Code of Conduct for Employers of Domestic Workers Launched

Code of Conduct for Employers of Domestic Workers Launched

Karachi, February 26, 2024 – In a landmark development aimed at improving the working conditions and protecting the rights of domestic workers, the Employers Federation of Pakistan (EFP) has introduced a comprehensive Code of Conduct.

The launch took place during a tripartite meeting attended by over 100 representatives from various stakeholders, including employers, workers federations, civil societies, and officials from the labor department and the International Labor Organization (ILO).

Addressing the significance of this initiative, Shariq Ahmed, Secretary Labor & Human Resource Development Department Sindh, emphasized that the newly unveiled code of conduct is a crucial step towards promoting decent working conditions and safeguarding the rights of domestic workers. He underscored the challenges faced by domestic workers, including inadequate wages, substandard working conditions, harassment, and abuse, and expressed confidence that the code would serve as a foundation for future legislation concerning domestic workers in the Sindh province.

Geir Tonstol, Country Director of the ILO Pakistan Office, reiterated the importance of adhering to international labor standards, particularly the Fundamental Principles and Rights at Work, in ensuring decent work globally. He commended the efforts of the EFP in spearheading the development of the code of conduct and emphasized the need for its effective implementation in tandem with existing national laws. Tonstol extended the ILO’s technical support to all stakeholders involved in promoting decent work, including the welfare of domestic workers in Pakistan.

Feroz Alam, Vice President of the EFP, welcomed participants and stressed the indispensable role played by domestic workers in society. He emphasized the moral obligation of employers to provide respectful and conducive working environments for domestic workers, who often contribute significantly to household responsibilities. Alam highlighted the code’s potential to instigate behavioral changes and enhance recognition of the invaluable contribution of domestic workers.

Majyd Aziz, Former President of EFP, reaffirmed the federation’s commitment to upholding international labor standards and fostering social justice. He urged employers, including EFP members, to treat domestic workers with dignity and respect, underscoring the need for inclusivity and equity in society.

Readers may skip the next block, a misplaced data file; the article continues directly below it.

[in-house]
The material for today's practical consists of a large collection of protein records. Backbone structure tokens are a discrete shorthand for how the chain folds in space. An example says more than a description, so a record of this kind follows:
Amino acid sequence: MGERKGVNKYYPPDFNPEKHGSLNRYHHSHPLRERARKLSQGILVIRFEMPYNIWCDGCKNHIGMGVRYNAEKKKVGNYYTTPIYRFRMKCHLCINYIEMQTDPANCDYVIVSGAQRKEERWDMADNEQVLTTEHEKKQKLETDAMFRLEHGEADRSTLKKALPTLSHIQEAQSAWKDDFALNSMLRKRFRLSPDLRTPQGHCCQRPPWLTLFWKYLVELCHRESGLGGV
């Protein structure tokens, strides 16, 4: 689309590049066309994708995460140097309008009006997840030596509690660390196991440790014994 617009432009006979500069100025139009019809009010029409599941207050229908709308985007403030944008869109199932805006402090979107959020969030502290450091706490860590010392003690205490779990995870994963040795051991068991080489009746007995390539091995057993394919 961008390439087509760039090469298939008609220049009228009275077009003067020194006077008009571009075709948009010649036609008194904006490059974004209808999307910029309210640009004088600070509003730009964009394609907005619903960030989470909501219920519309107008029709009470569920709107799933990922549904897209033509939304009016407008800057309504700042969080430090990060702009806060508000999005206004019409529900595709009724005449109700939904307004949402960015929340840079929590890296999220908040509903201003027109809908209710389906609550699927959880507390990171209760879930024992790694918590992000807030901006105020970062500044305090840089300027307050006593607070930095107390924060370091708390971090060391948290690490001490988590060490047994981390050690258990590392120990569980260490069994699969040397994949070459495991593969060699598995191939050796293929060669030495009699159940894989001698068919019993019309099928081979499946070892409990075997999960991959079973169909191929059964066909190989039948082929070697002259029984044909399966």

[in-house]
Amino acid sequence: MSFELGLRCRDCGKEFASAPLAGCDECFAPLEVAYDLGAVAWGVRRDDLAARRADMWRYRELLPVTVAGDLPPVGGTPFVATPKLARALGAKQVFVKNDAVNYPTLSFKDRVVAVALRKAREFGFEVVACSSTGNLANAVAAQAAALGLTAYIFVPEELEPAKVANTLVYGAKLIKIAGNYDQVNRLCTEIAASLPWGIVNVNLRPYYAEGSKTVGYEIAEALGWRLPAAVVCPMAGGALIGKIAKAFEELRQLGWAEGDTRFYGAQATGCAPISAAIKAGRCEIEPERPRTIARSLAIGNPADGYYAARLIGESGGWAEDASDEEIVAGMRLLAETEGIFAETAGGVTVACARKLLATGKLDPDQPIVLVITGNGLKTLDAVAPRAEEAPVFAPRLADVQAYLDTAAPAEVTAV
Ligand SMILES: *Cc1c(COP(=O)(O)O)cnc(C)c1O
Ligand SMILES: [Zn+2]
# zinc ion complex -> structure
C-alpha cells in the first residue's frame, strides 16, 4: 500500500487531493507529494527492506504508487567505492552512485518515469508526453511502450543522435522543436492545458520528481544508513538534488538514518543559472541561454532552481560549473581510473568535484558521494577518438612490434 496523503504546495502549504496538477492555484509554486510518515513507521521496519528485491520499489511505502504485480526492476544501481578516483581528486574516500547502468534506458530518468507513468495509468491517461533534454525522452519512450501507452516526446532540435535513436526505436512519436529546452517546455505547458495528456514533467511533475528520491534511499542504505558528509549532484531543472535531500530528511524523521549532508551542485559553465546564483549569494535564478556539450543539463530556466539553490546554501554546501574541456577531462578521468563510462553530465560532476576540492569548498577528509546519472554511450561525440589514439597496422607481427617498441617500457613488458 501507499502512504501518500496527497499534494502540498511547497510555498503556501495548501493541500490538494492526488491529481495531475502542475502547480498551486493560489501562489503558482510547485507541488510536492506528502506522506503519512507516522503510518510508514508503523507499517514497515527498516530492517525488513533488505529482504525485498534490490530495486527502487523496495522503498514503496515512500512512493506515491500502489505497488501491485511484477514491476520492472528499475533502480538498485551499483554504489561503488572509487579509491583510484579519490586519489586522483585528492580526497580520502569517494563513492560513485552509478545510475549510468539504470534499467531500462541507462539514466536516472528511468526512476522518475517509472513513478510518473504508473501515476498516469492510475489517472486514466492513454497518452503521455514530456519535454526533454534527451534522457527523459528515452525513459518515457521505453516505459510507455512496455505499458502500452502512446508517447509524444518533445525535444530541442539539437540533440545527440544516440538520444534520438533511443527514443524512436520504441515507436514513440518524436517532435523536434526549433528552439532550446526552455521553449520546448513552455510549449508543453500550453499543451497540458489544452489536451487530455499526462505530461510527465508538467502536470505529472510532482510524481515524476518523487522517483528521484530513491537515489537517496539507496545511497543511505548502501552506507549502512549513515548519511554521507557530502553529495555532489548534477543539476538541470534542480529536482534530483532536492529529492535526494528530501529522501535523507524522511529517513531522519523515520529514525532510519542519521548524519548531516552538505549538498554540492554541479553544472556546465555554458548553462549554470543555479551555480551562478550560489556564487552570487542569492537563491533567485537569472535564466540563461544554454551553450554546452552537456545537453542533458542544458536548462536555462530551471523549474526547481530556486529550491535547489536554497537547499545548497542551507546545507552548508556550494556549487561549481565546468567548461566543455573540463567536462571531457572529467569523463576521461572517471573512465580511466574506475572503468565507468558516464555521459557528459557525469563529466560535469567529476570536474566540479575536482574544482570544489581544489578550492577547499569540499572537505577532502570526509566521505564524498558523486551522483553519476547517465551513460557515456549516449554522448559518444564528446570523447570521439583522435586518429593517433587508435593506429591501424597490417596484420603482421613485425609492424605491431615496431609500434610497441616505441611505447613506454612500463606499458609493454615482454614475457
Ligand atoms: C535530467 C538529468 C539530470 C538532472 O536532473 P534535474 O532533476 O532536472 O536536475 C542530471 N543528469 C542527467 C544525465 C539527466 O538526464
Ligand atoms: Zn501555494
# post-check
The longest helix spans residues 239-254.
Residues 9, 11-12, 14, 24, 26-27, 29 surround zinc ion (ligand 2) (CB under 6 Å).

The project coordinator, Razi Haider, provided insights into the contributions and accomplishments of the PRS/STRIDE Project, underscoring its role in advancing the welfare of domestic workers.

Ms. Aya Matsuura, ILO Gender Specialist, lauded the EFP’s initiative as a significant step towards recognizing the rights of domestic workers. She emphasized that the code of conduct aligns with international standards, particularly Convention 189, which grants domestic workers the same rights as other workers, including minimum wage and suitable working conditions.

Rao Zahid, Deputy Secretary of the Labor Department, Government of Punjab, shared insights into the Punjab Domestic Workers Act and outlined the challenges encountered in its implementation. He highlighted efforts to extend social security coverage to domestic workers and enhance monitoring mechanisms.

Waqar Memon, Secretary-General of the PWF, commended the EFP’s endeavors, emphasizing the need for legislative measures to protect the rights of domestic workers in Sindh.

Syed Nazar Ali, Secretary-General of the EFP, underscored the key features of the code of conduct, developed in collaboration with the ILO and stakeholders. He emphasized its voluntary nature and its role in guiding employers towards fostering equitable practices and positive working relationships with domestic workers.

The launch of the Code of Conduct for Employers of Domestic Workers marks a significant milestone in the ongoing efforts to improve the welfare and rights of this vital segment of the workforce, signaling a collective commitment towards achieving decent work for all.